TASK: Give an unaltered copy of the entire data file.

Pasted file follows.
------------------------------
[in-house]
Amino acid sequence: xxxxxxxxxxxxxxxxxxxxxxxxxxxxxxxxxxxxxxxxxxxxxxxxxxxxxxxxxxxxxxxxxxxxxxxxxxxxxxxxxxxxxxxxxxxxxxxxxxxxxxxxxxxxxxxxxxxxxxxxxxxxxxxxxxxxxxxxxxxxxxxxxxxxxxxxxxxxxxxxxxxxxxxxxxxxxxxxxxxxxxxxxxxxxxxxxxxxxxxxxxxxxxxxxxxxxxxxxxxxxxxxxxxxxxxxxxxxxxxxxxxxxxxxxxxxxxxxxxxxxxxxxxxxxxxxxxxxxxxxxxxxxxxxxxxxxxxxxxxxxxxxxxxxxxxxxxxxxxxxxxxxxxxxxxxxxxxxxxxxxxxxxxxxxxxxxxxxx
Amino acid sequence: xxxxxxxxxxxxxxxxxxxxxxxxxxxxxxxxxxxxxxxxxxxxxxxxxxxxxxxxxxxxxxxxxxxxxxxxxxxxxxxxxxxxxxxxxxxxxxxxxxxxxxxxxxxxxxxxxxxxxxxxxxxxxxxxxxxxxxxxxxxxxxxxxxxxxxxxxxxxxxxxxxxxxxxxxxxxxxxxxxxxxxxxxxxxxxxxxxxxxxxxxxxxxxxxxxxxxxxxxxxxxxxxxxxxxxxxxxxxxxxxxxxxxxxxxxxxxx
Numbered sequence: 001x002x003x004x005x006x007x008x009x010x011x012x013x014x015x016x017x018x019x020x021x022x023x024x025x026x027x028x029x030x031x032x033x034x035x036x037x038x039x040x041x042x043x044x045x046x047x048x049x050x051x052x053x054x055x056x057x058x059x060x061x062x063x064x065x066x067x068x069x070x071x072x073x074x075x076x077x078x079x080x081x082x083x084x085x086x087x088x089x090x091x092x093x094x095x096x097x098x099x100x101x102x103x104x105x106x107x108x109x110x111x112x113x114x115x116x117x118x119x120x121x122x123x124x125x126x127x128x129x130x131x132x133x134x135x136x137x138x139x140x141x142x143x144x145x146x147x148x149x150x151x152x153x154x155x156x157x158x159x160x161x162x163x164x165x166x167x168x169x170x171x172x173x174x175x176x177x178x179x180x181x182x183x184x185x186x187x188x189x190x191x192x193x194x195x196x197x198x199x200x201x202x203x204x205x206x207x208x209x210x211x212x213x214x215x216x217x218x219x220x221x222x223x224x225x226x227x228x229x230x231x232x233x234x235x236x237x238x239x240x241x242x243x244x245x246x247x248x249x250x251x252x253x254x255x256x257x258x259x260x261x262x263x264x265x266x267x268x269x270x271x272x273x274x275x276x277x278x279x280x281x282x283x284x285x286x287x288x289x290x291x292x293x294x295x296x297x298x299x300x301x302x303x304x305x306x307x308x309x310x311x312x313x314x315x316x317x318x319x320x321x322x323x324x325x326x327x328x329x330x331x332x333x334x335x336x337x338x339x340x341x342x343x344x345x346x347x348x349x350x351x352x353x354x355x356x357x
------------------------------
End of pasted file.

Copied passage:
[in-house]
Amino acid sequence: xxxxxxxxxxxxxxxxxxxxxxxxxxxxxxxxxxxxxxxxxxxxxxxxxxxxxxxxxxxxxxxxxxxxxxxxxxxxxxxxxxxxxxxxxxxxxxxxxxxxxxxxxxxxxxxxxxxxxxxxxxxxxxxxxxxxxxxxxxxxxxxxxxxxxxxxxxxxxxxxxxxxxxxxxxxxxxxxxxxxxxxxxxxxxxxxxxxxxxxxxxxxxxxxxxxxxxxxxxxxxxxxxxxxxxxxxxxxxxxxxxxxxxxxxxxxxxxxxxxxxxxxxxxxxxxxxxxxxxxxxxxxxxxxxxxxxxxxxxxxxxxxxxxxxxxxxxxxxxxxxxxxxxxxxxxxxxxxxxxxxxxxxxxxxxxxxxxxx
Amino acid sequence: xxxxxxxxxxxxxxxxxxxxxxxxxxxxxxxxxxxxxxxxxxxxxxxxxxxxxxxxxxxxxxxxxxxxxxxxxxxxxxxxxxxxxxxxxxxxxxxxxxxxxxxxxxxxxxxxxxxxxxxxxxxxxxxxxxxxxxxxxxxxxxxxxxxxxxxxxxxxxxxxxxxxxxxxxxxxxxxxxxxxxxxxxxxxxxxxxxxxxxxxxxxxxxxxxxxxxxxxxxxxxxxxxxxxxxxxxxxxxxxxxxxxxxxxxxxxxx
Numbered sequence: 001x002x003x004x005x006x007x008x009x010x011x012x013x014x015x016x017x018x019x020x021x022x023x024x025x026x027x028x029x030x031x032x033x034x035x036x037x038x039x040x041x042x043x044x045x046x047x048x049x050x051x052x053x054x055x056x057x058x059x060x061x062x063x064x065x066x067x068x069x070x071x072x073x074x075x076x077x078x079x080x081x082x083x084x085x086x087x088x089x090x091x092x093x094x095x096x097x098x099x100x101x102x103x104x105x106x107x108x109x110x111x112x113x114x115x116x117x118x119x120x121x122x123x124x125x126x127x128x129x130x131x132x133x134x135x136x137x138x139x140x141x142x143x144x145x146x147x148x149x150x151x152x153x154x155x156x157x158x159x160x161x162x163x164x165x166x167x168x169x170x171x172x173x174x175x176x177x178x179x180x181x182x183x184x185x186x187x188x189x190x191x192x193x194x195x196x197x198x199x200x201x202x203x204x205x206x207x208x209x210x211x212x213x214x215x216x217x218x219x220x221x222x223x224x225x226x227x228x229x230x231x232x233x234x235x236x237x238x239x240x241x242x243x244x245x246x247x248x249x250x251x252x253x254x255x256x257x258x259x260x261x262x263x264x265x266x267x268x269x270x271x272x273x274x275x276x277x278x279x280x281x282x283x284x285x286x287x288x289x290x291x292x293x294x295x296x297x298x299x300x301x302x303x304x305x306x307x308x309x310x311x312x313x314x315x316x317x318x319x320x321x322x323x324x325x326x327x328x329x330x331x332x333x334x335x336x337x338x339x340x341x342x343x344x345x346x347x348x349x350x351x352x353x354x355x356x357x